Diran OdeyemiThursday, October 2, 2003
London, UK



oing down memory lane, I still remember how in my secondary school days I used to invoke the 'devil's spirit' to ignite physical combat whenever two students had cause to argue. There were special renditions composed by some of us that were nicknamed "Apero Ija" (fight promoters) that would lure and encourage students to exchange blows. Our duty in which we were experts of sort was to persuade and convince two students to fight where there was not enough courage by either of the two to take up the challenge for a brawl.

Majority of us derived special fun and delight watching two students' exchange blows and head butts, we always want to determine who is the most powerful among our set to draw up the 'tournament chart'. As a matter of fact, we created our own boxing arena in a quiet jungle outside the school but very close to our school farmland that we designated "Oju Olomo o to" (literally meaning, the 'land of no interference') where we watch "two-fighting" free of charge.

While it was fun then, promoting fight and supervising combat, maturity has crept in now and I no longer see anything entertaining in two or more people calling for war. I want to enjoy the Biblical bliss of a peacemaker and have been an apostle of peace wherever there is uproar.

Perhaps it would be fun seeing political giants slugging it out physically, I mean Alhaji Adedibu grappling Senator Ladoja by the throat, and the governor fighting back to wrestle Adedibu to the floor while we stand by as judges to determine who is powerful and who is not. This however is an unlikely situation, what is possible and usually the tradition is leaving the supporters of Adedibu to do the real battle with the followers of Senator Ladoja using sword as weapon while the actors themselves watch from safe distance only trading in words while savoring "Amala with Gbegiri".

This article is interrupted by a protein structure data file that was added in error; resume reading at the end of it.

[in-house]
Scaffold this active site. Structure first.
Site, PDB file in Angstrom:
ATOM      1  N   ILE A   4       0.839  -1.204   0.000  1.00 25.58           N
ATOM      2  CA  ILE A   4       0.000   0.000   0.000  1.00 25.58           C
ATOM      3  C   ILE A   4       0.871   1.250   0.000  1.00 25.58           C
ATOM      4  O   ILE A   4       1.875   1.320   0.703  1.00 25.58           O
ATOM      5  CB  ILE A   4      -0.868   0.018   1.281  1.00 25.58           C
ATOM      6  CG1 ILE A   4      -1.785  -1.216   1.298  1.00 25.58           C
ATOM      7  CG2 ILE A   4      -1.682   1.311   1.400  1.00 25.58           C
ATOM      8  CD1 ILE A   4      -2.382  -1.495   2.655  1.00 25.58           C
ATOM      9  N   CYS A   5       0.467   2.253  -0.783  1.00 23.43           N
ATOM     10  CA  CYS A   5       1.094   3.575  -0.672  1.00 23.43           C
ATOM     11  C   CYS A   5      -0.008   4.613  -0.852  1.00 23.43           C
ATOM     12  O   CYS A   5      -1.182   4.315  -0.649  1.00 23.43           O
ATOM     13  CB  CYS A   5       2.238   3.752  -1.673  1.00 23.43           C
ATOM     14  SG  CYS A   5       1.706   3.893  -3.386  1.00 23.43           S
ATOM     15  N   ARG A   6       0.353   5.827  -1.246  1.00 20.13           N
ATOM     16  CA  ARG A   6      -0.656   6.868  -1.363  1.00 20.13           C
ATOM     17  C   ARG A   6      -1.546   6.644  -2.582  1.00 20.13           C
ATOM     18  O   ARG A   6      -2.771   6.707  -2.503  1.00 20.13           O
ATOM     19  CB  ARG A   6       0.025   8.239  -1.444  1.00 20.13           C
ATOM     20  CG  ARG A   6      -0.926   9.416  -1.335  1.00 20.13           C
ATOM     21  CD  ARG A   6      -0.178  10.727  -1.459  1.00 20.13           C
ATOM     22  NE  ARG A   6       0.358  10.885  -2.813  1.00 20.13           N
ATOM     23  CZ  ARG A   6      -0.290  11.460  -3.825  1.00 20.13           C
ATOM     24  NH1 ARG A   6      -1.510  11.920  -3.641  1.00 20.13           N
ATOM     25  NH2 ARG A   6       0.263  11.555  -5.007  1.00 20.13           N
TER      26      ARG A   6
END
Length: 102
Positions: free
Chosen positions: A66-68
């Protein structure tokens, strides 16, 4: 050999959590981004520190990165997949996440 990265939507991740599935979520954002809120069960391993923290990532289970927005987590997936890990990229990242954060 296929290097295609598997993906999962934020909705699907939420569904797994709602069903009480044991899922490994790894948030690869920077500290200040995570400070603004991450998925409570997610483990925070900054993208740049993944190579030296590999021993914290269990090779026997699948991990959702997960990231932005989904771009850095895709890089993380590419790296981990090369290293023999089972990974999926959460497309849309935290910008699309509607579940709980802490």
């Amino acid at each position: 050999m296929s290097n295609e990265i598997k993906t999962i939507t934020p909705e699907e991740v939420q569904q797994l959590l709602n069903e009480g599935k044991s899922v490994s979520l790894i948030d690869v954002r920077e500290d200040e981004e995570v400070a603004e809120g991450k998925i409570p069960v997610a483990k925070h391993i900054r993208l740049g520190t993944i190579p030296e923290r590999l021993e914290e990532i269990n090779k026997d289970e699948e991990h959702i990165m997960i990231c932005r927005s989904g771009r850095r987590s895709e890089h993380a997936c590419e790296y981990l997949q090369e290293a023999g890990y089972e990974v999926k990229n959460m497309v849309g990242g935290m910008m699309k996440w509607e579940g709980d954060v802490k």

Who suffers in the fight of two elephants is the grass and trees around the venue, and of course in this case it is the foot soldiers. A distraction is enough to make a government lose focus and when there is absence of peace in Oyo State, there exists a dangerous signal for Yorubaland and most especially for the entire PDP, the ruling government.

When sometimes ago Nigerians were treated to the political interlude of what we now know as "Ngige-gate" my reaction was that, what happened in Anambra State was a smaller faction of the whole, indeed a mirror that reflects the true situation in other states of the country.

These were my exact words on this page; "As it was in the beginning, so it is now, many elected governors have their own "Ubas" while many Ubas also have their own stubborn "Ngiges". Like a circle, it goes round and it will come round, this is just a rehearsal of some disasters lurking in the corner… let us watch out for more free video show".

I continued: "In some States, the seemly silence of a graveyard is made possible because some governors have conformed to pre-election agreements; they have fulfilled the first leg of their vow…those governors who appear doggy will soon realise that they are seating on a keg of gun power. If it has not exploded like it went off in Anambra is never an indication that it will never detonate".